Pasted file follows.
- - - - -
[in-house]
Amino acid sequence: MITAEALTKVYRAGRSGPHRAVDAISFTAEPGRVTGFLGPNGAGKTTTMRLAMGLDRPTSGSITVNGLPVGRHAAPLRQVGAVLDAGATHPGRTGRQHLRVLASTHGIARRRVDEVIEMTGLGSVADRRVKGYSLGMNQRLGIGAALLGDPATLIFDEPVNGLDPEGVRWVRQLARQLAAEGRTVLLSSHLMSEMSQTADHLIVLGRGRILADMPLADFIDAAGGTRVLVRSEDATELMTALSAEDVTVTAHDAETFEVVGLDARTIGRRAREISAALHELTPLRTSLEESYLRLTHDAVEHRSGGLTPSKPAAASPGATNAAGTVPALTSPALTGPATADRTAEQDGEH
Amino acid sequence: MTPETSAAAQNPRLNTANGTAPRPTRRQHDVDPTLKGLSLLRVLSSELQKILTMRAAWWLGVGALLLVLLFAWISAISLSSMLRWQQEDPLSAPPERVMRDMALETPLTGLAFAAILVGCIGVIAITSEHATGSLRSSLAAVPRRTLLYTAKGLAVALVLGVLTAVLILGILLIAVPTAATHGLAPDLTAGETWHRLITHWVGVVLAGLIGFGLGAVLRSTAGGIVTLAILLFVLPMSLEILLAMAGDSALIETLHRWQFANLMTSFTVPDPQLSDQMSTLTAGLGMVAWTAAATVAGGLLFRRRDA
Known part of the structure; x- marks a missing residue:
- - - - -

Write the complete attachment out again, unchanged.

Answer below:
[in-house]
Amino acid sequence: MITAEALTKVYRAGRSGPHRAVDAISFTAEPGRVTGFLGPNGAGKTTTMRLAMGLDRPTSGSITVNGLPVGRHAAPLRQVGAVLDAGATHPGRTGRQHLRVLASTHGIARRRVDEVIEMTGLGSVADRRVKGYSLGMNQRLGIGAALLGDPATLIFDEPVNGLDPEGVRWVRQLARQLAAEGRTVLLSSHLMSEMSQTADHLIVLGRGRILADMPLADFIDAAGGTRVLVRSEDATELMTALSAEDVTVTAHDAETFEVVGLDARTIGRRAREISAALHELTPLRTSLEESYLRLTHDAVEHRSGGLTPSKPAAASPGATNAAGTVPALTSPALTGPATADRTAEQDGEH
Amino acid sequence: MTPETSAAAQNPRLNTANGTAPRPTRRQHDVDPTLKGLSLLRVLSSELQKILTMRAAWWLGVGALLLVLLFAWISAISLSSMLRWQQEDPLSAPPERVMRDMALETPLTGLAFAAILVGCIGVIAITSEHATGSLRSSLAAVPRRTLLYTAKGLAVALVLGVLTAVLILGILLIAVPTAATHGLAPDLTAGETWHRLITHWVGVVLAGLIGFGLGAVLRSTAGGIVTLAILLFVLPMSLEILLAMAGDSALIETLHRWQFANLMTSFTVPDPQLSDQMSTLTAGLGMVAWTAAATVAGGLLFRRRDA
Known part of the structure; x- marks a missing residue: